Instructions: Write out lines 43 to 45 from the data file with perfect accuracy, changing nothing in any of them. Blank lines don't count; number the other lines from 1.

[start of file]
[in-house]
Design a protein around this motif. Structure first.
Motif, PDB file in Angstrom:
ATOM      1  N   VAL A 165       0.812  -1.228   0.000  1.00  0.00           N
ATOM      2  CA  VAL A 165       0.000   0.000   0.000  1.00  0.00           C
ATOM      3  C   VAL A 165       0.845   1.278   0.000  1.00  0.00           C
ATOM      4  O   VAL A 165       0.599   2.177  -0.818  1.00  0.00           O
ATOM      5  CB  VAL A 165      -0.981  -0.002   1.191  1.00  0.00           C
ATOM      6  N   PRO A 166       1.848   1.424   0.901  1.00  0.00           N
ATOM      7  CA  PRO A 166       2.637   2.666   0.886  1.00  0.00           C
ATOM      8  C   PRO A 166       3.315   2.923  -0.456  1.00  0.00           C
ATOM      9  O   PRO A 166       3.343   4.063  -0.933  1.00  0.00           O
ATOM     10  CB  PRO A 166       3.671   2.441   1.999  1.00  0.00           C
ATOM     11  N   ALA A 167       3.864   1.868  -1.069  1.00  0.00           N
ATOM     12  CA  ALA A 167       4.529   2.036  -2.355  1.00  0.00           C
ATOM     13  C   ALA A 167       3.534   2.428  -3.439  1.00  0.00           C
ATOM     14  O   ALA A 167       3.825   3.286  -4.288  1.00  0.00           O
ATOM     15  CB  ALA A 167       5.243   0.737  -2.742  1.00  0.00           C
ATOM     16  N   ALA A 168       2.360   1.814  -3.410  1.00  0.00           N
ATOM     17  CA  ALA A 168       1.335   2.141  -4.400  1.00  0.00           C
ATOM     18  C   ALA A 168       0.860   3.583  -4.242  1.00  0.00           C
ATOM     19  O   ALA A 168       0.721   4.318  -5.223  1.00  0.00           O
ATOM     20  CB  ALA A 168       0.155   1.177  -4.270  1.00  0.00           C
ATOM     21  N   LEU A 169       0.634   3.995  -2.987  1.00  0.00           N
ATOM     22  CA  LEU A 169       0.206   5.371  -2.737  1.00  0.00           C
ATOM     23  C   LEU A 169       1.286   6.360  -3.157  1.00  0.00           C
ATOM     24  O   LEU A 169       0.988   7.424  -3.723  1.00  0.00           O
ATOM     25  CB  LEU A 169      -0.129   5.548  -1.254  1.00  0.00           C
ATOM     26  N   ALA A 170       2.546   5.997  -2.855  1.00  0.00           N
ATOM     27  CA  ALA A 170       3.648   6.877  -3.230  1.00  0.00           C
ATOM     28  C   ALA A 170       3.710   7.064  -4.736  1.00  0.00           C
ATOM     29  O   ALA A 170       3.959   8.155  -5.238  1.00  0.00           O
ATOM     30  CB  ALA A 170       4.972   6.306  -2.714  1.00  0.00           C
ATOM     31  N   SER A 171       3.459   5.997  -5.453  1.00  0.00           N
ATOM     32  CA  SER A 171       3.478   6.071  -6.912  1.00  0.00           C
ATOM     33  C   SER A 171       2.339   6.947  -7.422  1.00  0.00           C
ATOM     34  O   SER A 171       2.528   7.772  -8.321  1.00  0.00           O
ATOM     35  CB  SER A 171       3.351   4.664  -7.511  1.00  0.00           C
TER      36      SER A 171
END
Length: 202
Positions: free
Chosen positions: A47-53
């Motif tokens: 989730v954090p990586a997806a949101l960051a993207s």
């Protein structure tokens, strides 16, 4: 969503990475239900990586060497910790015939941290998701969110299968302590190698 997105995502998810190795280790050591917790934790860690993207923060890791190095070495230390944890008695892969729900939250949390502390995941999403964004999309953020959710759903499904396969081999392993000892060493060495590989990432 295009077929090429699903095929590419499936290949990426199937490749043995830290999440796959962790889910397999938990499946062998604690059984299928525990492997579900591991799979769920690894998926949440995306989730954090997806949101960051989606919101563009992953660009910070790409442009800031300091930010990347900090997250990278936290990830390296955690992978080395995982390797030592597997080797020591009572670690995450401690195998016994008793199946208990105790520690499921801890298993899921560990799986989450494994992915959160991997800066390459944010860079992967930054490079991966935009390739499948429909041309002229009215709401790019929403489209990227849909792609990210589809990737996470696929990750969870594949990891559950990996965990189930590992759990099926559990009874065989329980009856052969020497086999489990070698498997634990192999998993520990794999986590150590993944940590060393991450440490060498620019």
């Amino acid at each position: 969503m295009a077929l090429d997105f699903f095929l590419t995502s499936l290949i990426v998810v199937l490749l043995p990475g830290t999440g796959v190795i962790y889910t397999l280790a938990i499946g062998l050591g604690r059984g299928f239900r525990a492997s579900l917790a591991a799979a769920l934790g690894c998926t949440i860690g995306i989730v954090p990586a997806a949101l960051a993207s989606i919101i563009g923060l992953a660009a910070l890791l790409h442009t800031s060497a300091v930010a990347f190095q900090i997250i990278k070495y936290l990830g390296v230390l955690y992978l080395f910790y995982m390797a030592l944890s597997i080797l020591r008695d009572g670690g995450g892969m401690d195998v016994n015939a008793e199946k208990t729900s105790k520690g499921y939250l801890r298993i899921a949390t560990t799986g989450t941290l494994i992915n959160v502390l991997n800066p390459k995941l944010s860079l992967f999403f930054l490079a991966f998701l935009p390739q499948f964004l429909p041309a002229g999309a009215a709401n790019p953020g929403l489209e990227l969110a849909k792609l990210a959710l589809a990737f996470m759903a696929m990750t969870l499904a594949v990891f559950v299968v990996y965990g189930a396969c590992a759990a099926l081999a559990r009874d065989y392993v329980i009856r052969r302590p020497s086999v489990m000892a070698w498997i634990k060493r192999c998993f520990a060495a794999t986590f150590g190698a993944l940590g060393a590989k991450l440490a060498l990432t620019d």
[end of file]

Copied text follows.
Chosen positions: A47-53
């Motif tokens: 989730v954090p990586a997806a949101l960051a993207s």
């Protein structure tokens, strides 16, 4: 969503990475239900990586060497910790015939941290998701969110299968302590190698 997105995502998810190795280790050591917790934790860690993207923060890791190095070495230390944890008695892969729900939250949390502390995941999403964004999309953020959710759903499904396969081999392993000892060493060495590989990432 295009077929090429699903095929590419499936290949990426199937490749043995830290999440796959962790889910397999938990499946062998604690059984299928525990492997579900591991799979769920690894998926949440995306989730954090997806949101960051989606919101563009992953660009910070790409442009800031300091930010990347900090997250990278936290990830390296955690992978080395995982390797030592597997080797020591009572670690995450401690195998016994008793199946208990105790520690499921801890298993899921560990799986989450494994992915959160991997800066390459944010860079992967930054490079991966935009390739499948429909041309002229009215709401790019929403489209990227849909792609990210589809990737996470696929990750969870594949990891559950990996965990189930590992759990099926559990009874065989329980009856052969020497086999489990070698498997634990192999998993520990794999986590150590993944940590060393991450440490060498620019």